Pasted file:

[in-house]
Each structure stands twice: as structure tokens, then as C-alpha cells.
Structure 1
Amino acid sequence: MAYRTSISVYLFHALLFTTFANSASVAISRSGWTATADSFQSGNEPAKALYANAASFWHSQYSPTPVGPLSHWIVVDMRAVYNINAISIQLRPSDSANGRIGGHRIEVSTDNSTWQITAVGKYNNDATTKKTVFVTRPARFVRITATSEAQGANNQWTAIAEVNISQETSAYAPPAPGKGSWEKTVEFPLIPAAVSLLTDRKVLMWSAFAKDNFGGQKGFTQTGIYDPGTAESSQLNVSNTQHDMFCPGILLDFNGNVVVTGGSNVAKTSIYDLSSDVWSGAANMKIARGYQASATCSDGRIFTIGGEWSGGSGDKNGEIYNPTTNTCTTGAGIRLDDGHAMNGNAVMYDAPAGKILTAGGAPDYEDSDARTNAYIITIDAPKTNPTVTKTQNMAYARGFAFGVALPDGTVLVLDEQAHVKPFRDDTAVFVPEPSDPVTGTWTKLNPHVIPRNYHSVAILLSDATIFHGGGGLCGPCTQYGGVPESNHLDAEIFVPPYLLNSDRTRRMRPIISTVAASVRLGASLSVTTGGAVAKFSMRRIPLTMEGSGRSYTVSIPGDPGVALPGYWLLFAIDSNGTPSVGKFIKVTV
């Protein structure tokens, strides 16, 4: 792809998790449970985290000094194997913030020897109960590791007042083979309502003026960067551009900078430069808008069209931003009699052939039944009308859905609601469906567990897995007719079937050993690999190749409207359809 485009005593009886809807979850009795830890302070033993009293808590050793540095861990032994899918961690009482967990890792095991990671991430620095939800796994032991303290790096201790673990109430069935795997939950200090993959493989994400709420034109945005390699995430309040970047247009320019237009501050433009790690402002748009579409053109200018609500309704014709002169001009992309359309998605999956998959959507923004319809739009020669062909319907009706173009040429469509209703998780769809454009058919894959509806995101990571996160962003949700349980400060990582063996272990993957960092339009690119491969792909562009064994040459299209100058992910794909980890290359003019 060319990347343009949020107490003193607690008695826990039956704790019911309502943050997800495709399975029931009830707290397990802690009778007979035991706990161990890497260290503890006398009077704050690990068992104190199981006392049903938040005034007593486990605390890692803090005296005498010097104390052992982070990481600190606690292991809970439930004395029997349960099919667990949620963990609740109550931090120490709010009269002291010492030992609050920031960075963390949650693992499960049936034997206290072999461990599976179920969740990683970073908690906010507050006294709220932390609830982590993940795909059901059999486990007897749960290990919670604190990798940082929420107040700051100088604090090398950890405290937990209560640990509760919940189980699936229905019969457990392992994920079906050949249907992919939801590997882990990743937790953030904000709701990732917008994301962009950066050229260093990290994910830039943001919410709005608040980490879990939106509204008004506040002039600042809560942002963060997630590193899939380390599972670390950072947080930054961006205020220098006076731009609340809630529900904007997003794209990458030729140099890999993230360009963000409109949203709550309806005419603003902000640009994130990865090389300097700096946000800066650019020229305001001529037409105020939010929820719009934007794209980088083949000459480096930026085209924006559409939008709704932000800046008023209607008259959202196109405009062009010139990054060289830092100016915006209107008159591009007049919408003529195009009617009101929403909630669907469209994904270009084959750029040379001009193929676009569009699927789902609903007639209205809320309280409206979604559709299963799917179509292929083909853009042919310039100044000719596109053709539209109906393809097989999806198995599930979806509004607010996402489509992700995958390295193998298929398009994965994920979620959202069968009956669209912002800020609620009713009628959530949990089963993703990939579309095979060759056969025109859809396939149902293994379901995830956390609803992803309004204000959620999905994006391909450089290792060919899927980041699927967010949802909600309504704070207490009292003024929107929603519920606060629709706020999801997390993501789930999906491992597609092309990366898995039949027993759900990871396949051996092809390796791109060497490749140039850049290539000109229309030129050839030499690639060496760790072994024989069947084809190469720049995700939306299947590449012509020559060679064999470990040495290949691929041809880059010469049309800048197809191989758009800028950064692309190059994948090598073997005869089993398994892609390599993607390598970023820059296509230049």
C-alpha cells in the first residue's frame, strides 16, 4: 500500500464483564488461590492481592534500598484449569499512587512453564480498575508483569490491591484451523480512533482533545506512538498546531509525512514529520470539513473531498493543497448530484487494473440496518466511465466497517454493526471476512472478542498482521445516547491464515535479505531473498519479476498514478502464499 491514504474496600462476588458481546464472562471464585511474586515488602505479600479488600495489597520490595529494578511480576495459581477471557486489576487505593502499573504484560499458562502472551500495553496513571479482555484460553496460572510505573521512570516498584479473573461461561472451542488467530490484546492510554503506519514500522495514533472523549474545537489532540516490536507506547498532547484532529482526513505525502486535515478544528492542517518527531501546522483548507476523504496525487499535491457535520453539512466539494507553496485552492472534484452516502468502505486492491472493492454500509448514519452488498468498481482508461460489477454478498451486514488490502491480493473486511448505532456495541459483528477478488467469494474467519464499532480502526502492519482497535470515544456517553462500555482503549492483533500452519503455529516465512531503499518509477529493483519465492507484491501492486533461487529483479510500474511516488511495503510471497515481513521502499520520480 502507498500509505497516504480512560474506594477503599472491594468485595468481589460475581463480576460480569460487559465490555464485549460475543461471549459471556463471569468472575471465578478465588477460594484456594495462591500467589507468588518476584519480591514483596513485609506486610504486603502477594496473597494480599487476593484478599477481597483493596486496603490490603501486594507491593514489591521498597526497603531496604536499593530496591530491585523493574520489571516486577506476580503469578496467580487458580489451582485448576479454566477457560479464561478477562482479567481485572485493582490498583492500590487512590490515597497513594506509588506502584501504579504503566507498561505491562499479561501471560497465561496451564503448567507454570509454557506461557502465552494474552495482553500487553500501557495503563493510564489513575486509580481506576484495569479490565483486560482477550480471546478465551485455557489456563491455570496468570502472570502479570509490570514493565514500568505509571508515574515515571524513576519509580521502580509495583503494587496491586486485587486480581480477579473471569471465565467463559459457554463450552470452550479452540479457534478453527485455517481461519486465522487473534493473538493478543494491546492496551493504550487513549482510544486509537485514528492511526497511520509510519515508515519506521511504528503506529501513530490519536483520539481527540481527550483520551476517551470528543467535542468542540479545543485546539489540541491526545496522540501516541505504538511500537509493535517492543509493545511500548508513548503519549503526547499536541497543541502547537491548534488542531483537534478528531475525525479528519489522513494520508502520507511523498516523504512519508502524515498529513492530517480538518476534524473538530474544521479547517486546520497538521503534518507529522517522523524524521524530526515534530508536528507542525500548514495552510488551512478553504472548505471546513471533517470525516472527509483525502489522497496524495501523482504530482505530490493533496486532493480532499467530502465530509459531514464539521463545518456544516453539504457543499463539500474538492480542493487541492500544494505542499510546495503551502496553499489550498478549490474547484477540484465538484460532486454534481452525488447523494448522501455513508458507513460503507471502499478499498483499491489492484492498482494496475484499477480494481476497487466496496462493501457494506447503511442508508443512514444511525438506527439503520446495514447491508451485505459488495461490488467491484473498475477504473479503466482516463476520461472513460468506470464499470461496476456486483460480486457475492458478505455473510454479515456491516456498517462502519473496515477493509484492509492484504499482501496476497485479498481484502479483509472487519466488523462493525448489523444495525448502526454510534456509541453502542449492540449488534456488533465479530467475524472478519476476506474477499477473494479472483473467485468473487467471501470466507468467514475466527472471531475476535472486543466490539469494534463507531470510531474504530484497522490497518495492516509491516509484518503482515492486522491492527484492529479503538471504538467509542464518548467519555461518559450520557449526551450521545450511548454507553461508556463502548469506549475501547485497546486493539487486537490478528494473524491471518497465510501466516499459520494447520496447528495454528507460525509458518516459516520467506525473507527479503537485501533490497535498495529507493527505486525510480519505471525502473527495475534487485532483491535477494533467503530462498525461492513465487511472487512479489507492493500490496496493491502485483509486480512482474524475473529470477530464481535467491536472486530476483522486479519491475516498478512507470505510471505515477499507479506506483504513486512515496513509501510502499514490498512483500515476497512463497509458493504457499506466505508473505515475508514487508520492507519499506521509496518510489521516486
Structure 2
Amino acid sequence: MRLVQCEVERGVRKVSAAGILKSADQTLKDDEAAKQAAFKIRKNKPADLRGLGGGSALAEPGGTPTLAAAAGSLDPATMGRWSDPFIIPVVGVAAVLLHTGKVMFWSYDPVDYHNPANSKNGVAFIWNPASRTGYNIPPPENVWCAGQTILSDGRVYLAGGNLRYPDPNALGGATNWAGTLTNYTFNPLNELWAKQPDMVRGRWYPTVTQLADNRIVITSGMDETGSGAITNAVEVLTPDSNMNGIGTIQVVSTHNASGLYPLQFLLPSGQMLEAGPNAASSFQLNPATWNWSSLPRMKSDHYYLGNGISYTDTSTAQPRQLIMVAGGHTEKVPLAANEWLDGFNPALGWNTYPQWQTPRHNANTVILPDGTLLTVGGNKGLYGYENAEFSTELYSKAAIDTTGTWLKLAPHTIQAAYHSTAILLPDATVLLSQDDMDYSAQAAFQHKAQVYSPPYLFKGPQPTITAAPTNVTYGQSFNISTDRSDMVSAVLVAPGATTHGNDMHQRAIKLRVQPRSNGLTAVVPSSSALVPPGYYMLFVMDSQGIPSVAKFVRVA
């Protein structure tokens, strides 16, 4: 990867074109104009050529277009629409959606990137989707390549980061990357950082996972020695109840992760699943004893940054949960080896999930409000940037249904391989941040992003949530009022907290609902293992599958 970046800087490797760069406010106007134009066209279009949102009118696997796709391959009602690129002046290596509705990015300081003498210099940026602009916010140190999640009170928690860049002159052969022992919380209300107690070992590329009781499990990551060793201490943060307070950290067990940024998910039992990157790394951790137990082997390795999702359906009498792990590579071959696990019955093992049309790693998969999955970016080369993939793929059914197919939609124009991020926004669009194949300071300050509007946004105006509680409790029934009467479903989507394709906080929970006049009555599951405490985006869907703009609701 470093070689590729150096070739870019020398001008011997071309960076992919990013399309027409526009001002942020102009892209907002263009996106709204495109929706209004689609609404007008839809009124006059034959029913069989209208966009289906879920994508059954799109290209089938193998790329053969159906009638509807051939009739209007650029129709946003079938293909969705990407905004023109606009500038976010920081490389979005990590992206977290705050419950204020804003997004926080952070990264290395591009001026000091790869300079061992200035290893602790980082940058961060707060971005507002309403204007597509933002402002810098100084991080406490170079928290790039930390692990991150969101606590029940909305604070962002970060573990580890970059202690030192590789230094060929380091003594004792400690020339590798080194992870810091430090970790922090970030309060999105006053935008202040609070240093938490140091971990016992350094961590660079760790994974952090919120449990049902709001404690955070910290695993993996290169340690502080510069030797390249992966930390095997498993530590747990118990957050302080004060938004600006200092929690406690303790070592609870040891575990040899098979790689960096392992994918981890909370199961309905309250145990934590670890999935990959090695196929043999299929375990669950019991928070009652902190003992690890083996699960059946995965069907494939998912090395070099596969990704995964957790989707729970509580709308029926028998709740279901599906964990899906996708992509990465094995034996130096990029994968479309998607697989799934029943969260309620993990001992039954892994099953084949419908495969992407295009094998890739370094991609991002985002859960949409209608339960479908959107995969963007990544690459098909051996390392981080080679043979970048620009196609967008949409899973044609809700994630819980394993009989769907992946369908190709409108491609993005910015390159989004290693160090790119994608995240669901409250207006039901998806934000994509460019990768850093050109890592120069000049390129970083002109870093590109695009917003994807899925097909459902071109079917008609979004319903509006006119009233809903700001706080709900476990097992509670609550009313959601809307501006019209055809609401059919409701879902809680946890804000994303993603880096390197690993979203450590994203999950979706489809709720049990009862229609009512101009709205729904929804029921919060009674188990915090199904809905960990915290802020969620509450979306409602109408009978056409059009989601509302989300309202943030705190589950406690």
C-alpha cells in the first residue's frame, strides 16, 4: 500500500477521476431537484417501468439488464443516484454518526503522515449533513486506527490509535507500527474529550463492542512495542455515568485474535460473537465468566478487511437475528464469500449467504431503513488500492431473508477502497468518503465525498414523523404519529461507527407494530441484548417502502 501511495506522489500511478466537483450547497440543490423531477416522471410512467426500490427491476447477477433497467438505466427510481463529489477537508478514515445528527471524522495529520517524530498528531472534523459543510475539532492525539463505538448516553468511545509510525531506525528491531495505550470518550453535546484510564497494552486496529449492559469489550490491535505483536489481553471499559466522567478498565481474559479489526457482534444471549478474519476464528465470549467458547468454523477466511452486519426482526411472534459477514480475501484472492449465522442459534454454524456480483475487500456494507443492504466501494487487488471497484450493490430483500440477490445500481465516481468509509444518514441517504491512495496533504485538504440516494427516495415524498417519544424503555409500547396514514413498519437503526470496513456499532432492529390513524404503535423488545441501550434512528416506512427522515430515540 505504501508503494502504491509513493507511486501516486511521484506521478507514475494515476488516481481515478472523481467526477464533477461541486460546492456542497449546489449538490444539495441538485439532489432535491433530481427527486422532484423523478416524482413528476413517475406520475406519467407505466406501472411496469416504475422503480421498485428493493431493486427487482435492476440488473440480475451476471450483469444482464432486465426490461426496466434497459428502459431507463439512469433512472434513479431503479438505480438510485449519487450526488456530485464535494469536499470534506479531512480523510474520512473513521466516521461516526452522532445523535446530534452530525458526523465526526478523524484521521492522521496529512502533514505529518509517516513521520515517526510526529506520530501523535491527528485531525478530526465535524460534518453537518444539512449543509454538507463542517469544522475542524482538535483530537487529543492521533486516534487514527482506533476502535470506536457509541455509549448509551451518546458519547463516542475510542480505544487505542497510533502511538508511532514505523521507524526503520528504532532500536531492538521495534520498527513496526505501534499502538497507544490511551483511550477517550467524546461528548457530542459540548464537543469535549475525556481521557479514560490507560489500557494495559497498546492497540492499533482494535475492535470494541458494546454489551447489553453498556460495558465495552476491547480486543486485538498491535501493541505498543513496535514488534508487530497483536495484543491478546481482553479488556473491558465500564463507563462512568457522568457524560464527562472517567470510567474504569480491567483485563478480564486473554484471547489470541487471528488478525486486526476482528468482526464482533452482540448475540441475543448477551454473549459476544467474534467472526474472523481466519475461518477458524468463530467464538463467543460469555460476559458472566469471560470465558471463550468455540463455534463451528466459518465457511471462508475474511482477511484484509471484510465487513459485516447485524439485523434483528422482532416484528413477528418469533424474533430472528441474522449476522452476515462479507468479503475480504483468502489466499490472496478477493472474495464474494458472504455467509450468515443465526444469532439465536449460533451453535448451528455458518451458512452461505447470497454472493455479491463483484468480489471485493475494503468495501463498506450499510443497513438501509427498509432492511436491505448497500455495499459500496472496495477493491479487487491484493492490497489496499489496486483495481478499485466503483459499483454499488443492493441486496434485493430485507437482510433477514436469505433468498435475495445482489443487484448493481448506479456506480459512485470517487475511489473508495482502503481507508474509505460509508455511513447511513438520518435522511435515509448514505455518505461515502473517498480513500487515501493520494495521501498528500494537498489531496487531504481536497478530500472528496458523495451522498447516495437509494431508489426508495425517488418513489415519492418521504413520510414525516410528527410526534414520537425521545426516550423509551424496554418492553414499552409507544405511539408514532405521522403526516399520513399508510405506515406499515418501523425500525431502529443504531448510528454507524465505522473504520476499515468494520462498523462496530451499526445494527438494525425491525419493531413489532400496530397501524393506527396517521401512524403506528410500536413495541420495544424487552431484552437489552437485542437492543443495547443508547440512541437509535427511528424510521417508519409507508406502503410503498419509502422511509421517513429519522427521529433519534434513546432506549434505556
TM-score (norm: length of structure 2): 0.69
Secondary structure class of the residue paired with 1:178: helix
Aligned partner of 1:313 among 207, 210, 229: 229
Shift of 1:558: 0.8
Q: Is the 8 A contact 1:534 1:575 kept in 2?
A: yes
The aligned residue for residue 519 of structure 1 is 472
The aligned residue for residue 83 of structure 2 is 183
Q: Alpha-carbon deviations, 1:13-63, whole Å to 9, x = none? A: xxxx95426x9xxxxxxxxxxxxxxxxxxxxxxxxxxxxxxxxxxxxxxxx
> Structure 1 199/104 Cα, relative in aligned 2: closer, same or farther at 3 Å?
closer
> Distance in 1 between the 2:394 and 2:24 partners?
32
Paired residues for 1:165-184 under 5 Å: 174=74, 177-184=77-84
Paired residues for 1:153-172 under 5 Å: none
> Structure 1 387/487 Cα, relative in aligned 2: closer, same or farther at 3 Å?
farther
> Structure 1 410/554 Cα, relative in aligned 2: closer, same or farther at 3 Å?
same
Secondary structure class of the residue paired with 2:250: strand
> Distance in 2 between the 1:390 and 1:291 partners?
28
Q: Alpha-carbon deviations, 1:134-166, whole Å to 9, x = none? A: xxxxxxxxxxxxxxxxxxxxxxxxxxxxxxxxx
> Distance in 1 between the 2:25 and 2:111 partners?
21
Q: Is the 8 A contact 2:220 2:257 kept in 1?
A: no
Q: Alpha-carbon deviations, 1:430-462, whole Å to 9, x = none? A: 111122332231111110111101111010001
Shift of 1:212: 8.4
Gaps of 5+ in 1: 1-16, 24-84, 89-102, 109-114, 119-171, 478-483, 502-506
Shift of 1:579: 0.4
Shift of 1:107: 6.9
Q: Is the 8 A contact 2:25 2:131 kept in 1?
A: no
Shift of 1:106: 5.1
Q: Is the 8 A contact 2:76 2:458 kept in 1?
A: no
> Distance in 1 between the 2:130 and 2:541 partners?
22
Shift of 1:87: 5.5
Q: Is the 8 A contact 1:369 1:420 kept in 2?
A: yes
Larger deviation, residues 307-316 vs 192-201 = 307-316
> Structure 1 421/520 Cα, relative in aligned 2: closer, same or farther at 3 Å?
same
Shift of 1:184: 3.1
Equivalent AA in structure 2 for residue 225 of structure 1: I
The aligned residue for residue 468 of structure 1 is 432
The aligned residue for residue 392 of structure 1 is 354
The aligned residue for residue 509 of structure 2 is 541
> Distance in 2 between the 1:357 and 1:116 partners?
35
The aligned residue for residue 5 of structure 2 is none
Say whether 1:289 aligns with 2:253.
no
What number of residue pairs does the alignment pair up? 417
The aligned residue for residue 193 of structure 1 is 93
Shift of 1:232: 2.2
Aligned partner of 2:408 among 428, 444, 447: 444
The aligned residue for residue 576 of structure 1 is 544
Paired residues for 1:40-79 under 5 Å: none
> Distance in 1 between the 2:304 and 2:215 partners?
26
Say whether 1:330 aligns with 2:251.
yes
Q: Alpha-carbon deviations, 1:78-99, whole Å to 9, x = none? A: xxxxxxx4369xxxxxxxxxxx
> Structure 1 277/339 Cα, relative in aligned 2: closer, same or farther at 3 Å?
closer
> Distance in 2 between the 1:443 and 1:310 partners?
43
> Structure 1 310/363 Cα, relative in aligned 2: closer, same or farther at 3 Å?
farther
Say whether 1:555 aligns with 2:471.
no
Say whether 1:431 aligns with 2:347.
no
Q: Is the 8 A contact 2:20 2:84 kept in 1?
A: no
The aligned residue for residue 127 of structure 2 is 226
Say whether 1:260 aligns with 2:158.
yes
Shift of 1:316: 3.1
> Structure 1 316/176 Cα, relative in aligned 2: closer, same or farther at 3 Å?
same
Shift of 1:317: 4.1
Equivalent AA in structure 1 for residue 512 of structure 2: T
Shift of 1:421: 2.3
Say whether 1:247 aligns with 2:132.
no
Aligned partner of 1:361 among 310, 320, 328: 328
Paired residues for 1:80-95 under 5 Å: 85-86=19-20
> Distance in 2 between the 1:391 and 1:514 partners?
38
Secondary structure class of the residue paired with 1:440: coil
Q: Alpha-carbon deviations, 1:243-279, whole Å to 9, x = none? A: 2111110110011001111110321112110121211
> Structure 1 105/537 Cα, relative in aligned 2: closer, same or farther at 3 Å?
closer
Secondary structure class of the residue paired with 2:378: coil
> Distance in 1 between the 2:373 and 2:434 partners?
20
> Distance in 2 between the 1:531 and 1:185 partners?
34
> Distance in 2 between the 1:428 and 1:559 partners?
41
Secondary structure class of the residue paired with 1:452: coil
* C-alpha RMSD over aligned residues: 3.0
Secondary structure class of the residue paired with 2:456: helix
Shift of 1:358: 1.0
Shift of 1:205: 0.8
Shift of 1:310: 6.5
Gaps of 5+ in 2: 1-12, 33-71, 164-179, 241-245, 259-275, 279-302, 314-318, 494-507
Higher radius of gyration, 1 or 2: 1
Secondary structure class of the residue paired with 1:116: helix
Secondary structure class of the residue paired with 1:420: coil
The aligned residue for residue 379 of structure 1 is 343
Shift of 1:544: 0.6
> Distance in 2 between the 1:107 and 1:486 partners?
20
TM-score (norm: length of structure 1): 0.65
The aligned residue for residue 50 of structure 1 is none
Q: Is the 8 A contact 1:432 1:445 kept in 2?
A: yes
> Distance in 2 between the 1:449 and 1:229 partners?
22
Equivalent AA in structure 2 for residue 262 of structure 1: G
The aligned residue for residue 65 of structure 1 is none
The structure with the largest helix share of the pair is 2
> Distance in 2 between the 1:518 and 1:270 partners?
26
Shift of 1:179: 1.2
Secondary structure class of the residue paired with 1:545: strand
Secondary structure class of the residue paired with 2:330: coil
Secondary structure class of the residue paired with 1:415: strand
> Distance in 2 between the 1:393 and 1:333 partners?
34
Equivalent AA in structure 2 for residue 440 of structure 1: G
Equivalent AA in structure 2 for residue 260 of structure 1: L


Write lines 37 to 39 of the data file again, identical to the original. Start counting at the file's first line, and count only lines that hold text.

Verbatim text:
A: no
Q: Alpha-carbon deviations, 1:430-462, whole Å to 9, x = none? A: 111122332231111110111101111010001
Shift of 1:212: 8.4